The Sky This Week, September 6 – 13, 2016 !

The Sky This Week, 2016 September 6 – 13

Sights to see on Moonlit nights.
Epsilon Lyrae, the “Double-double” star in Lyra
imaged 2015 November 16 from Alexandria, Virginia with a 23.5-cm (9.25-inch) telescope

The Moon waxes in the evening sky this week, skirting the southern horizon as she passes through the dense star clouds of the Milky Way. First Quarter occurs on the 9th at 7:49 am Eastern Daylight Time. Luna forms a line with the planet Saturn and the bright star Antares on the evening of the 8th, presenting a very nice photo opportunity. On the following evening you’ll see her just under 10 degrees northeast of ruddy Mars. After passing above the “Teapot” asterism of Sagittarius the Moon begins the long traverse through the sparse starfields of the rising autumnal constellations.

This is the time of the year when we notice the most rapid change in the length of the day. While a similar situation occurs in the spring, I find it more noticeable now since the days are rapidly getting shorter rather than longer. Length of day decreases by about 2.5 minutes per day from now through the end of October, and I have particularly noticed this at sunset. From my point of view this is a good thing since I can set up my telescope and begin enjoying the night sky at a decent hour!

The waxing Moon washes out the fainter objects of the sky including the star clouds of the summer Milky Way, but there are still a number of treats to entertain the telescope owner. High overhead as twilight ends are the three bright stars that form the asterism known as the Summer Triangle. While the star clusters and nebulae fall victim to the scattered light of the Moon, you can find plenty of interesting stars to look at including some of the best of the sky’s double stars. The prime example for this time of year is the star Albireo, which can be seen from suburban skies almost in the center of the Summer Triangle. Your eyes will see this star as a single object, but virtually any telescope with a magnification of 25X or more will reveal two stars with a wonderful color contrast. I like to call Albireo the “Navy Double” due to the contrasting blue and gold colors. This double is ideally suited for small telescopes as larger apertures tend to wash out the apparent colors. For a more challenging target, center the brightest star in the Summer Triangle, Vega, in your finder scope. Two degrees east of Vega you’ll see a pair of stars that form a very wide double that’s easy to see in binoculars. However, if you point a good 3-inch or larger telescope at this wide pair you’ll see that each component is itself a very close double star, thus making the whole system a quadruple group!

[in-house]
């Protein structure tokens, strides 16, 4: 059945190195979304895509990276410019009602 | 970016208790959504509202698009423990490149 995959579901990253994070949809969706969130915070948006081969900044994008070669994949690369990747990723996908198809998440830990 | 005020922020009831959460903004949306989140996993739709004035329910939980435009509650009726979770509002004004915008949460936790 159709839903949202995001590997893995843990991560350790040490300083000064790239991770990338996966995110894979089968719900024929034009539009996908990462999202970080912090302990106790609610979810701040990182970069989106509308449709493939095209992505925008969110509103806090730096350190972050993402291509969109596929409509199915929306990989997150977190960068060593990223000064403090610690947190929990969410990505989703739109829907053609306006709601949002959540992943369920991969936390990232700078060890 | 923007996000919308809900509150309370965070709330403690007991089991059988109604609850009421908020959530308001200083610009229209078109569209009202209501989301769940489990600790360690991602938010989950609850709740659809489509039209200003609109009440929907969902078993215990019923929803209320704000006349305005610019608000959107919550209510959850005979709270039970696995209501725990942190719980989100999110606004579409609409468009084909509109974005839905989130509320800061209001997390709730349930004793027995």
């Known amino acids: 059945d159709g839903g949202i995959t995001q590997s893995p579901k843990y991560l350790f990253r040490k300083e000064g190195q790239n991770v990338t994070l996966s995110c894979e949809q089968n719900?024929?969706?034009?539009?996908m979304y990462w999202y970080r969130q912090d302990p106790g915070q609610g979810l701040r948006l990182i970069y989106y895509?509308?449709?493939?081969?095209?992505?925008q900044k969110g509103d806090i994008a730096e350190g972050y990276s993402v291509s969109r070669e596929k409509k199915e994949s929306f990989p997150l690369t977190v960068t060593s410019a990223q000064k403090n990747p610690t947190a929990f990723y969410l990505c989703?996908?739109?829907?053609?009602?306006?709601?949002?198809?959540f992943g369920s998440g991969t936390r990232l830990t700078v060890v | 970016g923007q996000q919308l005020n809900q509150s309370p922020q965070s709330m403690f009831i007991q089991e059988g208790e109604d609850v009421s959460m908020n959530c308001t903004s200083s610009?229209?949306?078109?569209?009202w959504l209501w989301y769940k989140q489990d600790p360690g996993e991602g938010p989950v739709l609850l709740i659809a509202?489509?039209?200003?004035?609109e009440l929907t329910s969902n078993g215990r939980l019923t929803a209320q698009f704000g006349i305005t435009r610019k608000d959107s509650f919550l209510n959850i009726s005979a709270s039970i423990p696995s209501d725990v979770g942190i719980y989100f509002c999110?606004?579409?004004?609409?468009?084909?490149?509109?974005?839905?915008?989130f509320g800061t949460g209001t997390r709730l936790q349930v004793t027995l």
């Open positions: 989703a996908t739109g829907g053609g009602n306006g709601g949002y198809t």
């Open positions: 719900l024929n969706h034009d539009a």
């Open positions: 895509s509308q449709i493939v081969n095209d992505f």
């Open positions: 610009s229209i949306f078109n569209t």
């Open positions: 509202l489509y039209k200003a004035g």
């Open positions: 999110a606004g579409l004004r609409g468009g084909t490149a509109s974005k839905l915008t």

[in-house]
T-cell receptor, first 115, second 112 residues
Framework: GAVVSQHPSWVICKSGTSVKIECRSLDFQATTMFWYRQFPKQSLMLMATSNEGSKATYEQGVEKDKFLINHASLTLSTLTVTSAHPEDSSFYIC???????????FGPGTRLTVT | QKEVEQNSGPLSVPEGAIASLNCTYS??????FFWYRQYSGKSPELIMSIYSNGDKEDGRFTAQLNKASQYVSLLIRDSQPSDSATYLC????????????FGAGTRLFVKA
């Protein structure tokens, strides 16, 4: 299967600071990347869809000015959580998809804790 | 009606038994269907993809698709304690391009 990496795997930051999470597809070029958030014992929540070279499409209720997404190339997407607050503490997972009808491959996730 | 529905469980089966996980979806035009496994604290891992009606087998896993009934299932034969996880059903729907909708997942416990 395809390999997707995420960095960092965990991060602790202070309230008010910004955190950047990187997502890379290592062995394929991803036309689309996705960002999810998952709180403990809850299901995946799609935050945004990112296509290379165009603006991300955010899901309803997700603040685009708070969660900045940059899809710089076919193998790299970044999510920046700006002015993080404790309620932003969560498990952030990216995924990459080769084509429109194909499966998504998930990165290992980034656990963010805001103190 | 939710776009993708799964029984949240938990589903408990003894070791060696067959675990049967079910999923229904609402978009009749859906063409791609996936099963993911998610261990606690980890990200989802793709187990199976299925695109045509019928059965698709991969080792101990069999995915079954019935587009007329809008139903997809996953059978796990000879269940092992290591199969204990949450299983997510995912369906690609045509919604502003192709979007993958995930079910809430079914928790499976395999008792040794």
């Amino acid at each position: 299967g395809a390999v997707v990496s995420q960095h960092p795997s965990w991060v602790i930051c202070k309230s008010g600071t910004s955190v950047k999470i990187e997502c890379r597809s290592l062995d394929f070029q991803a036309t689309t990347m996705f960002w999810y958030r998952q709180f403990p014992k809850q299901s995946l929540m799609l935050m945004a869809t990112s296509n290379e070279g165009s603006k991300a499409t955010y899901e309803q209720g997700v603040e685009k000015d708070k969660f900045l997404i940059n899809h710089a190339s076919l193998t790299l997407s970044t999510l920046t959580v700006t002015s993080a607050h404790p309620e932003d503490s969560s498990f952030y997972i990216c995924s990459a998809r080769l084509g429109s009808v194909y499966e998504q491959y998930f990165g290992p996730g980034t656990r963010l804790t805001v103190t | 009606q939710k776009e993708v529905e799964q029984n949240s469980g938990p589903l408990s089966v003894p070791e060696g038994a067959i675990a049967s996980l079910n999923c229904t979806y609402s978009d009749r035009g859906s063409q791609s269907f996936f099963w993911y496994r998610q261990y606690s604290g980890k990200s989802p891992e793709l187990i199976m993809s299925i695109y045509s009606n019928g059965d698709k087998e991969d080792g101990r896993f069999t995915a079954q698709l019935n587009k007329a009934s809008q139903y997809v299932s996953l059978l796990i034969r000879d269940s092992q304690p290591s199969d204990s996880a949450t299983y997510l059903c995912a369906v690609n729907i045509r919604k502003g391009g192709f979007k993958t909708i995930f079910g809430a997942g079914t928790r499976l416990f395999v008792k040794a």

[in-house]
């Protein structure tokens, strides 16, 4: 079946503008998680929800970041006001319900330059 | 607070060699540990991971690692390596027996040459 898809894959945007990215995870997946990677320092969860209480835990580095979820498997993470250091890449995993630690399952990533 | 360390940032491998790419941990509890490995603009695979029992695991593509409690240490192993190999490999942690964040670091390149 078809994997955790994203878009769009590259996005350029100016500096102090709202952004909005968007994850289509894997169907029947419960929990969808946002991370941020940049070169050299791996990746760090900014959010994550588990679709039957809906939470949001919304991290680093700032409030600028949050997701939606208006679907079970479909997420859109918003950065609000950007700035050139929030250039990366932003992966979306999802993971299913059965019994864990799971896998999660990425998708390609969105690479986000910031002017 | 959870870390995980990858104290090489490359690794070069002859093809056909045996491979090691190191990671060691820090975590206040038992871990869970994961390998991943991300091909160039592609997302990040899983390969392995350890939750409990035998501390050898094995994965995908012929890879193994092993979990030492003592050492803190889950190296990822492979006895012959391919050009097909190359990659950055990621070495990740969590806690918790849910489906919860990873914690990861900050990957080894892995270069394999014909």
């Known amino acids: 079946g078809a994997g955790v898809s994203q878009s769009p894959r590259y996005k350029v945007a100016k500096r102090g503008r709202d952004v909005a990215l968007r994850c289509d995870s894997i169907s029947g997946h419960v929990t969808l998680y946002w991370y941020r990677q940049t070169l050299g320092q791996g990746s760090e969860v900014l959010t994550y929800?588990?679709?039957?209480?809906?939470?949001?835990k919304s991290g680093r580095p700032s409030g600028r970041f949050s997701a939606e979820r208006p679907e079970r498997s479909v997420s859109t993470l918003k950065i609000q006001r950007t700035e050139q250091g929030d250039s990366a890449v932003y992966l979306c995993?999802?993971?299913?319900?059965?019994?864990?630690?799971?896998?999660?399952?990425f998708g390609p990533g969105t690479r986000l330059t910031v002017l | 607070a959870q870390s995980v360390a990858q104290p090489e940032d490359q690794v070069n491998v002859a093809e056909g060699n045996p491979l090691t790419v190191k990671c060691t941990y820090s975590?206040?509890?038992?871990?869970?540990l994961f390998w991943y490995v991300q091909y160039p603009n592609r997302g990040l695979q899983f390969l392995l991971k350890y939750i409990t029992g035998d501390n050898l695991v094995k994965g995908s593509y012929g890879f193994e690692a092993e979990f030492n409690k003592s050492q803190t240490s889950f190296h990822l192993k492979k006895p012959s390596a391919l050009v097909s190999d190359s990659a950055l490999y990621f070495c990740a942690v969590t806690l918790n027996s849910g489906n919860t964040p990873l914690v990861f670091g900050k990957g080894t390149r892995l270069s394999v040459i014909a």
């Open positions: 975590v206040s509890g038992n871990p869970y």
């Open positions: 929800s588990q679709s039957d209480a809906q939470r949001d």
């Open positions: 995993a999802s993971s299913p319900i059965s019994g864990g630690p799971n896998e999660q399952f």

The early evening finds bright Venus gradually climbing higher above the western horizon. You may still be able to catch a fleeting glimpse of Jupiter before 8:00 pm, but you’ll need an exceptionally clear night and a flat open horizon. Venus, however, should be quite easy to find as evening twilight deepens.

The Moon pays a visit to Saturn on the evening of the 8th, when she passes just three degrees above the ringed planet. Saturn is also lined up with the bright star Antares in the constellation Scorpius. If you train your telescope on Saturn as soon as you see him in twilight you can enjoy about an hour’s view before he begins to sink toward the horizon haze.

Mars is moving briskly eastward against the background stars, passing between the brighter stars of Scorpius and the “Teapot” asterism of Sagittarius. He has lost much of his luster from opposition in late May, but his distinctive ruddy tint contrasts nicely with most of the stars in the area. You might still try to catch a glimpse of features on his surface, but his disc is now just 10 arcseconds across so you’ll need a good-sized telescope and very steady air.